Adding new people to a team can be disruptive. It takes a while for everyone to get accustomed to the new dynamic, for the new member to settle in, and for the usual productivity levels to return. Continually introducing new members to a team can lead to a drop in efficiency and the opposite result of what you, as a manager, are hoping to achieve.
“Bigger is not necessarily better,” is a motto you have to revisit every once in a while when you’re restructuring your organization’s teams. Here are four main signs that it’s time to split a team into smaller units.
Even though this problem is commonly found in the software industry and start-ups that expand rapidly, any business can face this issue. Meetings that go over 15 minutes and possibly even 30 minutes every single day take away precious time that could be used for project work.
If your team has a handful of members, then keeping your meetings short isn’t difficult. However, if it gets to a point where your project work and communications start suffering, then it’s time to split the team up.
Similar to the problem mentioned above, large teams can cause a significant delay in the decision-making process. Groups of over ten people have a more challenging time achieving consensus, and thus breaking them up would be a good idea.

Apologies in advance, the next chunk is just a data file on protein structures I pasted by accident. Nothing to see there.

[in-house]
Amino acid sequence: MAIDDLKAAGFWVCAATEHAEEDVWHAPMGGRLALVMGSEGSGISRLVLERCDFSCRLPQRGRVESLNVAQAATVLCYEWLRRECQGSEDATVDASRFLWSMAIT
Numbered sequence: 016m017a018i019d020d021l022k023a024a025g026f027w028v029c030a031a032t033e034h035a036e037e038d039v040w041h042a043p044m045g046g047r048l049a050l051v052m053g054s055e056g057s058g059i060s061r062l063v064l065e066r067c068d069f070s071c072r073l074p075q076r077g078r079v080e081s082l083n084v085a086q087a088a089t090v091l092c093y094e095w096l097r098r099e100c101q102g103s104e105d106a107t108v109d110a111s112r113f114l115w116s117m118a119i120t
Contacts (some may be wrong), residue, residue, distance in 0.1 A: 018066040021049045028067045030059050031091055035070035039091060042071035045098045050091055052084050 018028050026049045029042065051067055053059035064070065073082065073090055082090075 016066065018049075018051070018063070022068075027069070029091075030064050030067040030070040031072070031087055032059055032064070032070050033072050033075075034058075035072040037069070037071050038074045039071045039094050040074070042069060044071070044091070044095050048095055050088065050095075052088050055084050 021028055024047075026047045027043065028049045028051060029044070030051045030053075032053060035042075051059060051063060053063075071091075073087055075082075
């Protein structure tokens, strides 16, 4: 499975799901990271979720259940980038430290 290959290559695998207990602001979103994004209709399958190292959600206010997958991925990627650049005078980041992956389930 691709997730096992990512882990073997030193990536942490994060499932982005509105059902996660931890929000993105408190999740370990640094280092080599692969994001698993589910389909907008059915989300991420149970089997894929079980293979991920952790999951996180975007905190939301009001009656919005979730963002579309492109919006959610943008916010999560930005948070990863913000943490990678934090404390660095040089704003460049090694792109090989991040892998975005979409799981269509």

Big teams often require management to turn to different “facilitation techniques” to speed up the process of settling on an answer. Smaller units are infinitely more efficient in decision making.
Large teams have communication issues. Members working together on the same projects or the same sections of projects tend to form subgroups. As a result, not everyone is up to date with what’s happening in the whole team.
One of the cornerstones of thriving businesses is good communication, both internal (among coworkers) and external (with the clients). This can easily be achieved with several smaller teams instead of a single large team.
Finally, if a team is considerably big, managers may not remember everyone on it. People who are active in a small group may participate less in meetings of a large team. As a consequence, you may hear fewer ideas and input than you usually would.
Additionally, it happens that a manager doesn’t even recognize someone’s voice on a conference call. This is especially confusing when most of the company is working from home.
Seamless Team Split
If you recognize any of the above signs that your team is not as effective as it can be, you might decide to split it up into smaller units. When it comes to this, make sure that you clearly communicate why you’re breaking up the large team.
Determine what the new objectives of each team are. If possible, ask where each team member wants to go to make their transition as smooth as possible.
Discover the best way to split a team into smaller units, as well as how to consistently connect with your leadership team and predictably turn them into highly engaged employees. Call me for some complimentary advice. Book an appointment at https://go.oncehub.com/GregNichvalodoff or call me at +1 (604) 943-0800.